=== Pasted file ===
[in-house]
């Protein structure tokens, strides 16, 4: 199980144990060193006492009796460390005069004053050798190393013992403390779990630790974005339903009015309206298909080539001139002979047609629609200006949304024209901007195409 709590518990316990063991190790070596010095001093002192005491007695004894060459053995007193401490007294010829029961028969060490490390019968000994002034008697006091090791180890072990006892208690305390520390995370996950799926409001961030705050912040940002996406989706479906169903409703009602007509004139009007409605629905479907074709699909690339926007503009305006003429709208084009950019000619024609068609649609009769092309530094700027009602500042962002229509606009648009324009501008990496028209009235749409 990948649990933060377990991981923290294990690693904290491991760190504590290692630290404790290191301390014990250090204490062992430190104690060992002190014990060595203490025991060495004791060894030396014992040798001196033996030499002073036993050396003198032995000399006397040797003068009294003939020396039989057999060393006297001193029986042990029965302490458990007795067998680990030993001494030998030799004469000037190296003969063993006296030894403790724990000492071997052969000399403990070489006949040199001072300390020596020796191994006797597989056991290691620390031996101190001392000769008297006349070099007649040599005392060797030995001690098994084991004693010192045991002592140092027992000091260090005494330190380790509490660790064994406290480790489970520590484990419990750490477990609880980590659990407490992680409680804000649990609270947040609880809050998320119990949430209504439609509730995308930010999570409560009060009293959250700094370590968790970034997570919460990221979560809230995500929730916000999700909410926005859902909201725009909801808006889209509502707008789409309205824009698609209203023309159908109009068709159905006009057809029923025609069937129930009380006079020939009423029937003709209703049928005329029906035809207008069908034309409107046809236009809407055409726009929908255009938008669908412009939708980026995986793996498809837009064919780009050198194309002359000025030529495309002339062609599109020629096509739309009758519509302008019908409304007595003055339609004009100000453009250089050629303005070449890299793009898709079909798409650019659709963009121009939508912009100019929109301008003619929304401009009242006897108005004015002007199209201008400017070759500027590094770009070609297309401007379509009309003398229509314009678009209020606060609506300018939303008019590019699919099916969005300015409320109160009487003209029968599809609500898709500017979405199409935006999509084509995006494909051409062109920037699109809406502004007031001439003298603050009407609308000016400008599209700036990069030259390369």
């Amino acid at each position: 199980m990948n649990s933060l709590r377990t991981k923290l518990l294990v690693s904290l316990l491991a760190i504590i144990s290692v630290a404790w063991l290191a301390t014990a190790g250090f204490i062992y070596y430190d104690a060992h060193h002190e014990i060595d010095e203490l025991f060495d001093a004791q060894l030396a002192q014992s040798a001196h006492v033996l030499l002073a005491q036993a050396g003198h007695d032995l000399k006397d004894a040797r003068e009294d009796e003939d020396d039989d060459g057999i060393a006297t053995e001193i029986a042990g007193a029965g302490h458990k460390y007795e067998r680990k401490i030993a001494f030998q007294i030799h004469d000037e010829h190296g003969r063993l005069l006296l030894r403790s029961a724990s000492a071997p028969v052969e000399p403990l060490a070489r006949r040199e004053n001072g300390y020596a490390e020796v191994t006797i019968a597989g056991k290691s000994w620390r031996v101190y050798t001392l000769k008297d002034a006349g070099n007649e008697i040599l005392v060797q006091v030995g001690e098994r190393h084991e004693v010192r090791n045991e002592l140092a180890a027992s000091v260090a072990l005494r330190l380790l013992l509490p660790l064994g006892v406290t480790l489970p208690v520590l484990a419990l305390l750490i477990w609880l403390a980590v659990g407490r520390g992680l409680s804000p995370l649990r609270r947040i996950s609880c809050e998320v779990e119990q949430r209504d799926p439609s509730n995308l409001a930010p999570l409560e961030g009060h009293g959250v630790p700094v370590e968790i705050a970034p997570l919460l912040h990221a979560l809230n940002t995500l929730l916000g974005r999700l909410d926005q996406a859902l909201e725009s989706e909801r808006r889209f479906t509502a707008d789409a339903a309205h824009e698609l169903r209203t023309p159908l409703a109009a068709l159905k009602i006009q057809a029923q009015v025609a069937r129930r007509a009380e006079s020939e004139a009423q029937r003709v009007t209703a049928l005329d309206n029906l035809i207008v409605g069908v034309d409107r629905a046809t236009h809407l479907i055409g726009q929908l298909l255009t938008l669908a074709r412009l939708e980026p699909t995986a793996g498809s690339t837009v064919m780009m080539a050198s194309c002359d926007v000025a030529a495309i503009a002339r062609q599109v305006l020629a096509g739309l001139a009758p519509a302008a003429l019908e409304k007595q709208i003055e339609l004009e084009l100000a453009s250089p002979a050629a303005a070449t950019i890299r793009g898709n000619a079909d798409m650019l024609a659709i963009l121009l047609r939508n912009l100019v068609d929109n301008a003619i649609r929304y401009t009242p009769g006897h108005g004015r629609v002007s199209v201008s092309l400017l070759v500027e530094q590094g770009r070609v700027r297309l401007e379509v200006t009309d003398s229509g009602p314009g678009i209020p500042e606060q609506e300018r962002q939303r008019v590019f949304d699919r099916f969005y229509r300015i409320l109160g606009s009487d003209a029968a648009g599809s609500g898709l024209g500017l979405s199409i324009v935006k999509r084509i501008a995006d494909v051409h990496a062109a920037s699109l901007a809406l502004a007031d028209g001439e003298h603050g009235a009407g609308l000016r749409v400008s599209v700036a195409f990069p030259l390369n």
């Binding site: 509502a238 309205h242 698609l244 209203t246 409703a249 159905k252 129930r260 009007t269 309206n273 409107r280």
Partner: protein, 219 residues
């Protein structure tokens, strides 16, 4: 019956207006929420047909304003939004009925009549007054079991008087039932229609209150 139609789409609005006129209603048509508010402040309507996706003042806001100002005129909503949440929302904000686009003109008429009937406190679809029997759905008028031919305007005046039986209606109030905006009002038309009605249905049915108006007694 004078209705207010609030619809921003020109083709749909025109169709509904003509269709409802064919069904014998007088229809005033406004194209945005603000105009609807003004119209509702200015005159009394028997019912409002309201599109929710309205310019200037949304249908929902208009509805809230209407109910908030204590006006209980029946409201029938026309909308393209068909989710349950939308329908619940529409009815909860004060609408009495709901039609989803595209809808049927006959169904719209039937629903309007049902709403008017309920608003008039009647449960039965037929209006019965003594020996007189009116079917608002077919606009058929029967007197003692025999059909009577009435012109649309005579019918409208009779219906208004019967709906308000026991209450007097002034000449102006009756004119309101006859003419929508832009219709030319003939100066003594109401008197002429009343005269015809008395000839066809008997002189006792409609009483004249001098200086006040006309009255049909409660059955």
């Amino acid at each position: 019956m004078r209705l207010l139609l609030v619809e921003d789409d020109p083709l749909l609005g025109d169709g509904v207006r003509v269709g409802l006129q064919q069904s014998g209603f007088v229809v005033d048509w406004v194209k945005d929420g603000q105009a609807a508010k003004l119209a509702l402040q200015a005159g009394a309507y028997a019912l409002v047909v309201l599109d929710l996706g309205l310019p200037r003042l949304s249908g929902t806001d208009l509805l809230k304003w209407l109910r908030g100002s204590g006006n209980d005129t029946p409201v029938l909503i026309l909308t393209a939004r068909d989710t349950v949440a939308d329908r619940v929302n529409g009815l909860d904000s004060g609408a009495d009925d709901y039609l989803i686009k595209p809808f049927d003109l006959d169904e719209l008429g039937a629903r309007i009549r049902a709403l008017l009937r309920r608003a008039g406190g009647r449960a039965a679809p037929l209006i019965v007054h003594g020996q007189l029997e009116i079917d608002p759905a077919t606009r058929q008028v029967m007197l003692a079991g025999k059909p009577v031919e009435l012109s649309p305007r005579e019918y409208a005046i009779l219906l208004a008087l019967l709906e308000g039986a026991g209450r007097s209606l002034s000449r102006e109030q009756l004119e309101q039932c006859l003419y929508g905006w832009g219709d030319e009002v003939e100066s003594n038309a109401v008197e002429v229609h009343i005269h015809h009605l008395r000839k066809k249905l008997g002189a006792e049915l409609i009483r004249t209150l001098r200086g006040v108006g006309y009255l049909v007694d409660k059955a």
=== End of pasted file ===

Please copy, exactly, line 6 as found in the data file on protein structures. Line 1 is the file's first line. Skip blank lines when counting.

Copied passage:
């Protein structure tokens, strides 16, 4: 019956207006929420047909304003939004009925009549007054079991008087039932229609209150 139609789409609005006129209603048509508010402040309507996706003042806001100002005129909503949440929302904000686009003109008429009937406190679809029997759905008028031919305007005046039986209606109030905006009002038309009605249905049915108006007694 004078209705207010609030619809921003020109083709749909025109169709509904003509269709409802064919069904014998007088229809005033406004194209945005603000105009609807003004119209509702200015005159009394028997019912409002309201599109929710309205310019200037949304249908929902208009509805809230209407109910908030204590006006209980029946409201029938026309909308393209068909989710349950939308329908619940529409009815909860004060609408009495709901039609989803595209809808049927006959169904719209039937629903309007049902709403008017309920608003008039009647449960039965037929209006019965003594020996007189009116079917608002077919606009058929029967007197003692025999059909009577009435012109649309005579019918409208009779219906208004019967709906308000026991209450007097002034000449102006009756004119309101006859003419929508832009219709030319003939100066003594109401008197002429009343005269015809008395000839066809008997002189006792409609009483004249001098200086006040006309009255049909409660059955």